Teaching Through Trade Books: Exploring Ecosystemsby: Anthony D. Fredericks

Journal ArticleDigital resources are stored online in your NSTA Library.

This month’s Teaching Through Trade Books column explores the complex relationships of living things to their natural environment and to each other. Investigations for grades K-3 and 4-6 are included.

Grades
  • Elementary
  • Middle
Publication Date
4/1/2004

Community ActivitySaved in 512 Libraries

Reviews (6)
  • on Fri Feb 08, 2019 10:58 PM

The article discusses how through the use of books students can learn about ecosystems. Books are a good way for students to learn the complex relationship between living things and their natural environment. The article highlights two books that it recommends in introducing students to ecosystems without being overwhelming. The books focus on having students develop an understanding that organisms live in diverse environments and depend on various resources to thrive. What I found helpful were the suggestions of how to expand upon the information learned in the trade books depending on their grade levels. What teacher can find helpful about this article are the simple suggestions that can help make a large concept such as ecosystems relatable to their students. Such as walks around school where the students can explore and use scientific inquiry to learn about organisms and their environments. Having the students make personal connections through scientific inquiry is impactful to their learning. This is a good article that emphasizes student engagement and inquiry.

Julia
Julia

  • on Sun Feb 03, 2019 3:04 PM

The article explores the complex relationship of living things to their natural environment and to each other. The activities can help the students appreciate the interrelationships and interdependencies within communities. To learn about the ecosystem students will learn about the relationships of living things to each other and their natural environment. The books are part of a series that explores the relationships and the interdependencies of the natural environment. According to the National Science Education Standards, students in grades K–4 should be developing understandings of the way organisms live in diverse environments and depend on varying resources. Upper elementary students need to understand that ecology centers both on the various components of nature as well as how the components work together as a whole. Students also need to know that the interactions that take place in a desert ecosystem, for ex- ample, share some basic similarities but are also different from those in other ecosystems. This article gives lesson to help the students understand ecosystems. Great lessons for elementary level.

Cynthia
Cynthia

  • on Wed Dec 07, 2016 6:04 PM

I am not a teacher with my own classroom yet, but I intend to use the strategies provided in this article for the future. I'm a K-3 student teacher and the activities listed in this article were age-appropriate and engaging. It's so much more than just reading a book and doing a worksheet. These students are up and out of their seat outside of the classroom experiencing the real world. These types of experiences lead to a greater level of understanding.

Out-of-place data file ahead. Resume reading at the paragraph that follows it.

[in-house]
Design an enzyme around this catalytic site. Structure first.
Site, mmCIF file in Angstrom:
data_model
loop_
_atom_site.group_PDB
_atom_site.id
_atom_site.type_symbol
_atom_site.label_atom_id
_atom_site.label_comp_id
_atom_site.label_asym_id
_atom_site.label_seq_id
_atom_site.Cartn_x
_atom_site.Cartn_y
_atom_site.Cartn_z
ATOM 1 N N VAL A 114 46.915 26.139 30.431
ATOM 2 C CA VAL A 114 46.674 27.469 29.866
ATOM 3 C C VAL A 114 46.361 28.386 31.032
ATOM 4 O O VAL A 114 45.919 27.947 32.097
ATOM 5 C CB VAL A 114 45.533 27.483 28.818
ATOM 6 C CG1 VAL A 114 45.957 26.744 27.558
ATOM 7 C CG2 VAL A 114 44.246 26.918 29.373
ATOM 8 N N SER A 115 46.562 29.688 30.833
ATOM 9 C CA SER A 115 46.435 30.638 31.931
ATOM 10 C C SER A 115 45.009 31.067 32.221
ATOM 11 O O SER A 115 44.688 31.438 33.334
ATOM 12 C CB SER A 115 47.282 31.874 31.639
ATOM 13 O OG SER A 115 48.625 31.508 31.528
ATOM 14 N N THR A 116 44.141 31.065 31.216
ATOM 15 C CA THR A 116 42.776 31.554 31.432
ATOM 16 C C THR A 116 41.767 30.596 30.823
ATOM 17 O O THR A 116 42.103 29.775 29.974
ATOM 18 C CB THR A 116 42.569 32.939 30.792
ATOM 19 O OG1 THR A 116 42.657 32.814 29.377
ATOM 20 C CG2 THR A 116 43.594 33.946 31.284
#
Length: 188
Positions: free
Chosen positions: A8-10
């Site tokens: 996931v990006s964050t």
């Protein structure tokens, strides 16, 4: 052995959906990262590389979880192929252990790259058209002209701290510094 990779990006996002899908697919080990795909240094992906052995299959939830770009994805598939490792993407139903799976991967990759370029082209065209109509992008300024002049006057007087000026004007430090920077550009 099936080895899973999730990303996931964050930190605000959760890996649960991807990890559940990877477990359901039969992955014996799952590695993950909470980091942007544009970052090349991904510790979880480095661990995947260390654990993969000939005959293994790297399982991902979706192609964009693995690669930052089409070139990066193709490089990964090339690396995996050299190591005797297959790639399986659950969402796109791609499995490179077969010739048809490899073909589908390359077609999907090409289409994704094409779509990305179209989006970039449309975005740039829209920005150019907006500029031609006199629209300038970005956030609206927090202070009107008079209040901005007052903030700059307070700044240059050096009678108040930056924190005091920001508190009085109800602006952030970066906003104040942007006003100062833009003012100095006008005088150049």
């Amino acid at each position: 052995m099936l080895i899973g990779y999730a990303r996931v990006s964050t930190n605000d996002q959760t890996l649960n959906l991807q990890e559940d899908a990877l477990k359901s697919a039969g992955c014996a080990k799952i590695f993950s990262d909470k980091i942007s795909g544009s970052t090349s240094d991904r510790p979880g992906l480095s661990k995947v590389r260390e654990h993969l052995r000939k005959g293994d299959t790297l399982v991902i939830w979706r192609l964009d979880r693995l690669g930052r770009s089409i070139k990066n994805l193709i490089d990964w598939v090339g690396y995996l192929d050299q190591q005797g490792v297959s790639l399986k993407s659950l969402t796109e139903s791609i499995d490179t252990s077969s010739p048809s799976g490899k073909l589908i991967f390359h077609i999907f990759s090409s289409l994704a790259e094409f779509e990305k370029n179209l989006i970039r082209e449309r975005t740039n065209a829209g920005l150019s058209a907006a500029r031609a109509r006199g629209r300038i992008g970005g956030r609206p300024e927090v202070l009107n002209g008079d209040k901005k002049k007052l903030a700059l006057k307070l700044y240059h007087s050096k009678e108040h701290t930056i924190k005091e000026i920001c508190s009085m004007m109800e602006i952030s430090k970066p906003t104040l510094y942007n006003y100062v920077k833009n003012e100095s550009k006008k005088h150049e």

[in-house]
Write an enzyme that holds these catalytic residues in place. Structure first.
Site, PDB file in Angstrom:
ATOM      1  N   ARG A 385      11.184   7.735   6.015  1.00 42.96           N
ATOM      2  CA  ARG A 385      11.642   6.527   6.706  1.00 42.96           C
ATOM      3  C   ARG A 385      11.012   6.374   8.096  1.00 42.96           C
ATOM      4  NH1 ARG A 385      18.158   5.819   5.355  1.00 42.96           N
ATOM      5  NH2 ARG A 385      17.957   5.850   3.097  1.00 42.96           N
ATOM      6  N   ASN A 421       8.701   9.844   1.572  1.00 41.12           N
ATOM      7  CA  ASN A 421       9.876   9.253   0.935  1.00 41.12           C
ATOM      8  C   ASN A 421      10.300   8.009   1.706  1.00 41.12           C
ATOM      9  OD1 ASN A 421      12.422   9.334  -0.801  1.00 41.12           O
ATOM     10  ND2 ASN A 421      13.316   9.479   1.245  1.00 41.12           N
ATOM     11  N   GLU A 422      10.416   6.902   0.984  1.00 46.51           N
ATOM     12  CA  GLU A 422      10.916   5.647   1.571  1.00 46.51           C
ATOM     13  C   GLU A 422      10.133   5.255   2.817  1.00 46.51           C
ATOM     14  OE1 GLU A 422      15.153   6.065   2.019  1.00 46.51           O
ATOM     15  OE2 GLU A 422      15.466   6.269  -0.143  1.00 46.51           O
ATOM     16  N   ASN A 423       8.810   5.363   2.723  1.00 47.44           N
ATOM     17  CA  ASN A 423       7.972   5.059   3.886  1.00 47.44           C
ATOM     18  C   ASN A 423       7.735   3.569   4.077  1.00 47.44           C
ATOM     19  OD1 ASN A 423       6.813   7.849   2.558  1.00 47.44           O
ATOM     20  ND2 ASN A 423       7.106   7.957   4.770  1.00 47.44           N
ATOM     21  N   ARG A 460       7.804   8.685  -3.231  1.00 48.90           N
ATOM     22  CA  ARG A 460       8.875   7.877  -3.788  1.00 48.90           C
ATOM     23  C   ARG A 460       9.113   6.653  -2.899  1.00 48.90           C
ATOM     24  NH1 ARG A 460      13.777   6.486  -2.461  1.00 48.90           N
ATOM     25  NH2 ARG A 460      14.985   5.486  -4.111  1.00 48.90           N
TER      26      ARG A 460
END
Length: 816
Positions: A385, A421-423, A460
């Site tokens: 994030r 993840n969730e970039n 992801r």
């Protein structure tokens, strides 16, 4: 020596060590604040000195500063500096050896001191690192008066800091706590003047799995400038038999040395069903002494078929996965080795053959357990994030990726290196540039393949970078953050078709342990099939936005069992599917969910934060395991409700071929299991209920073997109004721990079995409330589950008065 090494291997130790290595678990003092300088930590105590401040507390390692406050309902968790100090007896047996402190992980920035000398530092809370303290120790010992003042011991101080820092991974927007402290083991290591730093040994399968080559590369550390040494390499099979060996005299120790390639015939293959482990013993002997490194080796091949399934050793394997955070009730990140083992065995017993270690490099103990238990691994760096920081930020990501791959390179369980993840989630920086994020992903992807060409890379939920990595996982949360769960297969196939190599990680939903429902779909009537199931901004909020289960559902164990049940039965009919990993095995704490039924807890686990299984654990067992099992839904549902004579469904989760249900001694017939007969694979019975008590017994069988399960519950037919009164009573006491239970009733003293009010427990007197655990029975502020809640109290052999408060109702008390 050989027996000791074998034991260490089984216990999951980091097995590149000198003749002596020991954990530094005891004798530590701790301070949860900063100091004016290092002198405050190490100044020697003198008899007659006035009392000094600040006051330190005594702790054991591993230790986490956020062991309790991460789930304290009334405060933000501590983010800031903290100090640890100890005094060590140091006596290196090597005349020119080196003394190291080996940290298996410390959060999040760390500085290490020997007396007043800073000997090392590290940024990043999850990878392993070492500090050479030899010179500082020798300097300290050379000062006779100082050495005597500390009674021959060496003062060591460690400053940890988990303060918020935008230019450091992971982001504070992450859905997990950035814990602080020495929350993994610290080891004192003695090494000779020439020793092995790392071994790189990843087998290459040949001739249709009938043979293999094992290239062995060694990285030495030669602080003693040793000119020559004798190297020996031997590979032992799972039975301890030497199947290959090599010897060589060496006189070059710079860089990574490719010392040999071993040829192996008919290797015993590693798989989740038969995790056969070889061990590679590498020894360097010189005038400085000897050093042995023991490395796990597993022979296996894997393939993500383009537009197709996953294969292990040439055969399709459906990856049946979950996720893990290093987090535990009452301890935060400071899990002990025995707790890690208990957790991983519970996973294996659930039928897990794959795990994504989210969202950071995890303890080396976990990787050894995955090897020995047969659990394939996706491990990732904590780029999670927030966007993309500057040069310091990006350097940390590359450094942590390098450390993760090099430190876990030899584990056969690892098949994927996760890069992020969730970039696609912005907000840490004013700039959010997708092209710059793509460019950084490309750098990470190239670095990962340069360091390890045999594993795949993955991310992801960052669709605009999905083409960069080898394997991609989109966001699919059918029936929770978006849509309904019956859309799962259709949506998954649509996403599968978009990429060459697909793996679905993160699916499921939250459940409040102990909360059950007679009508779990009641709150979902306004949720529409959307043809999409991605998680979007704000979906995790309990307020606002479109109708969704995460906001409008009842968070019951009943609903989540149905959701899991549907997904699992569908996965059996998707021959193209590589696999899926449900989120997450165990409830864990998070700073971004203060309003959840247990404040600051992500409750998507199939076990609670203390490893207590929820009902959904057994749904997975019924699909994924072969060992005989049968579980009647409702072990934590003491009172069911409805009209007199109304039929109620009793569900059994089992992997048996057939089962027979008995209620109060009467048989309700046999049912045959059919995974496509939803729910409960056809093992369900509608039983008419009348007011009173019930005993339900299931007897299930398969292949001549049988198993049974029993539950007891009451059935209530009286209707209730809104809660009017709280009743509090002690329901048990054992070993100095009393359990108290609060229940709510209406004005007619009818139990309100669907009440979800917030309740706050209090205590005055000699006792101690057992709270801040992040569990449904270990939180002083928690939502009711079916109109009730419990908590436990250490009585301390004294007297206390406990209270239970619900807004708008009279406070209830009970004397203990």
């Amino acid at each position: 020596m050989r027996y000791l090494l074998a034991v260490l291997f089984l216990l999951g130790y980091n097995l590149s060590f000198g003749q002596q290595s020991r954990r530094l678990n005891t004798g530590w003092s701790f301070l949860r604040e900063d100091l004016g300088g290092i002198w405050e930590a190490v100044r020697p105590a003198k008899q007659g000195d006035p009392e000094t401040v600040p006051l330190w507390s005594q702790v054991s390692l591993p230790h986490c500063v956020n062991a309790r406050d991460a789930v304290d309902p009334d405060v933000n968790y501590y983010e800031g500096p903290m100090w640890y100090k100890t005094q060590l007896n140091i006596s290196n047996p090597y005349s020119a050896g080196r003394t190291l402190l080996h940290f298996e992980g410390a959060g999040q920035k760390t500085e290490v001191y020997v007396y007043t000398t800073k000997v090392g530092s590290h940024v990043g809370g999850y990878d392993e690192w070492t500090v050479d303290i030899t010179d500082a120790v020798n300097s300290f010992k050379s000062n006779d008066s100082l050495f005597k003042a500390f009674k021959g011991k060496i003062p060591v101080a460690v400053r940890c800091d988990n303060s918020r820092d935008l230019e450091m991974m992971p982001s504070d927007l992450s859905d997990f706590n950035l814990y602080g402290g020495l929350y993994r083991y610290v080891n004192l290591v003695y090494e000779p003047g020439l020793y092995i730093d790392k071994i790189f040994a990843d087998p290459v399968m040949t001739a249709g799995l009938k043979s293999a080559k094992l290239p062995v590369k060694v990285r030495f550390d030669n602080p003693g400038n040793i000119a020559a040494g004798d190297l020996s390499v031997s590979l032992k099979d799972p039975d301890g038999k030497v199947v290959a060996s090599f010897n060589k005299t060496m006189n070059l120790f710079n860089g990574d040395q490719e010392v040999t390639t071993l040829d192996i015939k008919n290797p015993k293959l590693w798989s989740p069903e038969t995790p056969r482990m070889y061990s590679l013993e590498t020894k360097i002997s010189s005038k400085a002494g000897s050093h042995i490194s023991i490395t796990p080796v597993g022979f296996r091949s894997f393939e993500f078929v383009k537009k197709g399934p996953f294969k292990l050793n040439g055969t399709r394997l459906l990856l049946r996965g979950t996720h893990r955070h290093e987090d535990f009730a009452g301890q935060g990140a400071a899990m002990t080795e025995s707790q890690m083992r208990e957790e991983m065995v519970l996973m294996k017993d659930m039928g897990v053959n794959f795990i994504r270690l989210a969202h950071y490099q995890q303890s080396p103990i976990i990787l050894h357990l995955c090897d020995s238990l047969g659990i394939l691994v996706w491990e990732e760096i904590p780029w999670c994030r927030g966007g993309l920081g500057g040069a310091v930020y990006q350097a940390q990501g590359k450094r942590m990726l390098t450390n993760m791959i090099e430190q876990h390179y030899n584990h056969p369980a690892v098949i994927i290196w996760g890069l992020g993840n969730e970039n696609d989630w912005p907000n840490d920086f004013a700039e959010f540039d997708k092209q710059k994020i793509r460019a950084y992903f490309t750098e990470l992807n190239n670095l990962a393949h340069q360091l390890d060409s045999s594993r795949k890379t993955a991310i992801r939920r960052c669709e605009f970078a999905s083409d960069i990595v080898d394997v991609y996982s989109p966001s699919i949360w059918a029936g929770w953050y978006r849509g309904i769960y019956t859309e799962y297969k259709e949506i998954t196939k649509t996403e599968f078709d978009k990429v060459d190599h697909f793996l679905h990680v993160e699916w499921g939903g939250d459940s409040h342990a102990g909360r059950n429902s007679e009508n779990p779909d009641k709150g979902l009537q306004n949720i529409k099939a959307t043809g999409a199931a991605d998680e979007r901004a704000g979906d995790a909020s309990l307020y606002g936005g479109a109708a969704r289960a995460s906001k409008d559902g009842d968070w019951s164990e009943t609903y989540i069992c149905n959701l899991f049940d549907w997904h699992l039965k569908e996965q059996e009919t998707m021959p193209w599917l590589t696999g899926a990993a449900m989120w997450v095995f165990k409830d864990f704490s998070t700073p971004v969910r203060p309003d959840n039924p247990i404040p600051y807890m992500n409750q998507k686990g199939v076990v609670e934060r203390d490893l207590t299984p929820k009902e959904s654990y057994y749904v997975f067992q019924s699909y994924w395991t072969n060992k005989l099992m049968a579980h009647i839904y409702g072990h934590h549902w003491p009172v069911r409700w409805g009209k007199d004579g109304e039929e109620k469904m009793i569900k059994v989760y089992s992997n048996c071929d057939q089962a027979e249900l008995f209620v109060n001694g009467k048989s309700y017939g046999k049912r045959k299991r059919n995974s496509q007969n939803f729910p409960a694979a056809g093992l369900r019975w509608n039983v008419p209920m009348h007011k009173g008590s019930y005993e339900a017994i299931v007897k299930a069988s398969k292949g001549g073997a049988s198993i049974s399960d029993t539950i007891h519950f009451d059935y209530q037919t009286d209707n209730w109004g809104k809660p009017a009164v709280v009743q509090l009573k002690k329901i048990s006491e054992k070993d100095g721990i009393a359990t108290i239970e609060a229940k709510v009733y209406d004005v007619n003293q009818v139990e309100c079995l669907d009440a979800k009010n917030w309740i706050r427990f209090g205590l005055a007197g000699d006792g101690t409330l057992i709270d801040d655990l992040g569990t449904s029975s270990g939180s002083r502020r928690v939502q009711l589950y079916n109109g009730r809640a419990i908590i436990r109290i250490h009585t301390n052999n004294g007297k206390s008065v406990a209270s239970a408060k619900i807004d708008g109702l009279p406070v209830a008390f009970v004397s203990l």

Kayla
Kayla

  • on Tue Dec 04, 2012 5:33 PM

The use of trade books within the science classroom helps teachers meet the new Common Core Language Arts standards and encourages an interest in reading for students interested in science or science topics. The lesson ideas and/or activities presented in this article are engaging and age appropriate. I am considering using some of the 4-6 grade level work in my 7th grade science classroom, with some modifications. I especially like the wealth of guiding questions provided within each activity.

Susanne Hokkanen  (Orland Park, IL)
Susanne Hokkanen (Orland Park, IL)

  • on Tue May 17, 2011 5:55 PM

I must admit I was a bit disconcerted when I realized the author of the books being reviewed was the author of the article. That being said, if the books present the information described they would be an excellent resource to use to begin discussions on different ecosystems. In addition to reviewing the trade books, the author presents a variety of suggestions of lessons for before and after reading for lower and upper elementary students. The lessons focus on comparing different ecosystems to local ones and getting students to think about the roles of the different organisms and why there are differences to achieve those roles. Some of these suggestions involve research but some could be extended into inquiry, where students could make small modifications to local environments (like when the author asks "what would happen if we removed the rock [the organisms were living under]". Why not remove the rock or at least shift it so that part of the area is now uncovered? Or set another r

Tina Harris  (Fairmount, IN)
Tina Harris (Fairmount, IN)

  • on Sun Mar 04, 2018 4:06 PM

I partially agree with the author stating K-3 is about observation and 4-5 is about exploration. I believe that younger students can explore just as the upper grade students. However, they may never have had an opportunity to observe living things interacting in an ecosystem. This is a great read and if you are planning a lesson on ecosystems, I highly recommend this article.

Pamela Dupre  (Lake Charles, LA)
Pamela Dupre (Lake Charles, LA)


Free Offering

Login or Create a Free Account to add this resource to your library.

Share